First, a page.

So far, I have stumbled upon many advices and papers on PU Learning and Unary classification.

TLDR: Does anyone have suggestions for specific algorithm or implementation for labeled data of only one class and unlabeled data that can be from either classes? And I'm unsure what is the proportion of Class A to B that exists within the unlabeled data.

The simplest answer I have found has been one-class SVM (Binary semi-supervised classification with positive only and unlabeled data set), but I have so many unlabeled examples compared to how many labeled ones I can find. And I am unsure if either the positive class or negative class are rare enough for anomaly detection.

One of the other suggested methods is the two-step process where I can figure out a set of reliable negative class data, but I cannot really identify a set of data as reliably negative (https://www.cs.uic.edu/~liub/publications/ICDM-03.pdf).

And another method suggests a weighted SVM (http://users.csc.tntech.edu/~weberle/Spring2011/CSC6910/Papers/posonly.pdf), but I am unsure if I can make the same assumption as the authors in that my positive data is a random subset of all the positive data, as I used a criteria to figure out which ones were positive, so I assume there is bias in the labeled data.

Overall, I have a lot of labeled data of positive class, that is to say the data of what I am looking for, but then I have many more unlabeled data. (Though in a way, the labeled data could also be considered data of a negative class.) And I am unsure what proportion of positive data and negative data exists within the unlabeled data, as there could be an equal distribution between the two classes. Or who knows, maybe data of the positive class could be rarer than the data of the negative class.

  • $\begingroup$ You might want to build a classifier for your labeled class vs. others, then use some clustering algorithm for the unlabeled ones and see if the clusters relate to the unlabeled classes. $\endgroup$ Jul 29, 2017 at 6:24
  • $\begingroup$ Can you manually label some of the unlabeled data? If not, how do you plan to evaluate whatever technique you come up with? Do you know that the positive data you have comes from the same distribution as the positives in the unlabeled data? Or is it just some special subset of some particular kind of positive? $\endgroup$
    – D.W.
    Jul 29, 2017 at 21:40
  • $\begingroup$ @D.W. I can potentially label a small amount of the unlabeled data, but there could be many false positives (or not since I am unsure how many more positive examples still exist in the unlabeled data). I have a supervised binary classifier to evaluate the existing positive examples and then arbitrarily labeled negative example. I labeled the positive examples via having a particular vocabulary in one of their discrete class, so if I can somehow accurately classify other examples as positive, then that means every other examples with the same vocabulary also are part of the positive class. $\endgroup$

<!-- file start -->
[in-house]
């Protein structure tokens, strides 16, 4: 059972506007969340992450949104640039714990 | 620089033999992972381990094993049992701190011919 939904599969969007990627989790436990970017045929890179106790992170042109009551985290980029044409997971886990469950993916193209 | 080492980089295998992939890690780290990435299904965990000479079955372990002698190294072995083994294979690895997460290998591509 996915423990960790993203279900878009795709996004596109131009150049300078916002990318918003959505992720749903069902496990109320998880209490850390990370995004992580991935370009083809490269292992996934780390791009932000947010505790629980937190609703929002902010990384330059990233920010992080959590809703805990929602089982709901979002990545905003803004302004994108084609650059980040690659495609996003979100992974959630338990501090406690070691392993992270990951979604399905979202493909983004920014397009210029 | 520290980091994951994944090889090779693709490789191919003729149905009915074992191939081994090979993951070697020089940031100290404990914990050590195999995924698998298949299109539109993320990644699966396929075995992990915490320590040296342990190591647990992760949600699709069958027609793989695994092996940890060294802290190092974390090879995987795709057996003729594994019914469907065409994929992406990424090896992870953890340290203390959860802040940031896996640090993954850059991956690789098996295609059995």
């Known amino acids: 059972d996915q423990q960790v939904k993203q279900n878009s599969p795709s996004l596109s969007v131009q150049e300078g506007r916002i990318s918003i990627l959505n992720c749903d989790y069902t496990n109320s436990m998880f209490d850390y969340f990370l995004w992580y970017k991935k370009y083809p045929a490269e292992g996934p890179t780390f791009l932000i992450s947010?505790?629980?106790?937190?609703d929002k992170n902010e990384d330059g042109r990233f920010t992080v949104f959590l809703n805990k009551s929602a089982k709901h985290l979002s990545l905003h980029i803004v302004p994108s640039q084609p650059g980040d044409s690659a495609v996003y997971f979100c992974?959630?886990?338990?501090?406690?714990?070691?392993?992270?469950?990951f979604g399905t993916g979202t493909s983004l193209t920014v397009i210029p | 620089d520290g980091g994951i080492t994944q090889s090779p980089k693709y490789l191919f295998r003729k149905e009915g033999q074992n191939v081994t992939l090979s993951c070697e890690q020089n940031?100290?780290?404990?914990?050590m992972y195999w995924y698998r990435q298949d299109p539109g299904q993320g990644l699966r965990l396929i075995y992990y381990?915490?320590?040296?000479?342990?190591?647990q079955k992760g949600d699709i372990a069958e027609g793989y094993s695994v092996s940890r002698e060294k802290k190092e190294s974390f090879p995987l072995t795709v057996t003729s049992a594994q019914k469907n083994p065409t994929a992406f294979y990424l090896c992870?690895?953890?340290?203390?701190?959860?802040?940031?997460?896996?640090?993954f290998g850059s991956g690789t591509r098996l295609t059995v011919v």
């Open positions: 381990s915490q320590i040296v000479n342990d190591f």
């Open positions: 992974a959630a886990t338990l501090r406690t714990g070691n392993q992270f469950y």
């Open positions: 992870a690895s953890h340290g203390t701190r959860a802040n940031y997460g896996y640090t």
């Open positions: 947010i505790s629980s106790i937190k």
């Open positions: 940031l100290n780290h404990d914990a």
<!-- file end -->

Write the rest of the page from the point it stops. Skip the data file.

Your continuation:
– Flair
    Jul 31, 2017 at 18:27
  • $\begingroup$ I find it a bit puzzling that you would end up with many false positives in the labelled data. Do you have a ground-truth way to label a particular piece of data? If not, how do you plan to evaluate your scheme in any case? Perhaps it would help if you edit your question to provide more context (e.g., about the task you're trying to solve, what method you are using for manual labelling, why manual labelling makes so many errors). You might be asking for the impossible, so the more information you can provide, the better the chances you can get something useful. $\endgroup$
    – D.W.
    Jul 31, 2017 at 20:15
  • $\begingroup$ Outside of what I have already labeled, I think the ground-truth way to evaluate anything else I labeled is something that would happen in the future, and would cost a lot of time. So right now, I really only have positive and unlabeled data, but I am unsure what is the best method to approach this dataset where I cannot make any assumptions on the unlabeled data and my labeled data is not randomly chosen. $\endgroup$
    – Flair
    Jul 31, 2017 at 20:27

1 Answer 1


I think the problem you mentioned is sometimes countered as a deep one-class classification problem. You may want to Google for latest researches in this field.

One paper I've been reading is: Learning Deep Features for One-Class Classification.

Available on ArXiv.


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